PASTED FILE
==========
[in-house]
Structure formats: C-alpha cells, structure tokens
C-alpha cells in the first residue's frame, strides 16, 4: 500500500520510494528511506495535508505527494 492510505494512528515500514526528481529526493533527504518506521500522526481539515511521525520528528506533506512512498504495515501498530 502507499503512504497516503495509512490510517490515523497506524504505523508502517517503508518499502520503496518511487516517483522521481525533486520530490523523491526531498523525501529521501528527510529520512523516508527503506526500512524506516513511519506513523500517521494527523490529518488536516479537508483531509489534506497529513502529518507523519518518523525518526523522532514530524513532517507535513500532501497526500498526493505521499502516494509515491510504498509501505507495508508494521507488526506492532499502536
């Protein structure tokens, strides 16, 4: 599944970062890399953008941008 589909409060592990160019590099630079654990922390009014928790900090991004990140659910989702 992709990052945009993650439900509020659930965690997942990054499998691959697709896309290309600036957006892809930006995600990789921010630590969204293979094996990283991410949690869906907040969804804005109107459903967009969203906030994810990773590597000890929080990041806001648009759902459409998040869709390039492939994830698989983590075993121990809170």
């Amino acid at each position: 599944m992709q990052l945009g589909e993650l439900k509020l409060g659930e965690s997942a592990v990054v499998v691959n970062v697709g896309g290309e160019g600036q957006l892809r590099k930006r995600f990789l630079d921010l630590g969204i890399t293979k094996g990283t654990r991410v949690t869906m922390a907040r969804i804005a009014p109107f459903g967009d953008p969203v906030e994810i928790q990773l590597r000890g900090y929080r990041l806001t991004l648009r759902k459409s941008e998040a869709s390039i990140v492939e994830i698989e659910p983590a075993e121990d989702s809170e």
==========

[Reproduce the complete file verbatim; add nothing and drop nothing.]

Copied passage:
[in-house]
Structure formats: C-alpha cells, structure tokens
C-alpha cells in the first residue's frame, strides 16, 4: 500500500520510494528511506495535508505527494 492510505494512528515500514526528481529526493533527504518506521500522526481539515511521525520528528506533506512512498504495515501498530 502507499503512504497516503495509512490510517490515523497506524504505523508502517517503508518499502520503496518511487516517483522521481525533486520530490523523491526531498523525501529521501528527510529520512523516508527503506526500512524506516513511519506513523500517521494527523490529518488536516479537508483531509489534506497529513502529518507523519518518523525518526523522532514530524513532517507535513500532501497526500498526493505521499502516494509515491510504498509501505507495508508494521507488526506492532499502536
């Protein structure tokens, strides 16, 4: 599944970062890399953008941008 589909409060592990160019590099630079654990922390009014928790900090991004990140659910989702 992709990052945009993650439900509020659930965690997942990054499998691959697709896309290309600036957006892809930006995600990789921010630590969204293979094996990283991410949690869906907040969804804005109107459903967009969203906030994810990773590597000890929080990041806001648009759902459409998040869709390039492939994830698989983590075993121990809170």
């Amino acid at each position: 599944m992709q990052l945009g589909e993650l439900k509020l409060g659930e965690s997942a592990v990054v499998v691959n970062v697709g896309g290309e160019g600036q957006l892809r590099k930006r995600f990789l630079d921010l630590g969204i890399t293979k094996g990283t654990r991410v949690t869906m922390a907040r969804i804005a009014p109107f459903g967009d953008p969203v906030e994810i928790q990773l590597r000890g900090y929080r990041l806001t991004l648009r759902k459409s941008e998040a869709s390039i990140v492939e994830i698989e659910p983590a075993e121990d989702s809170e």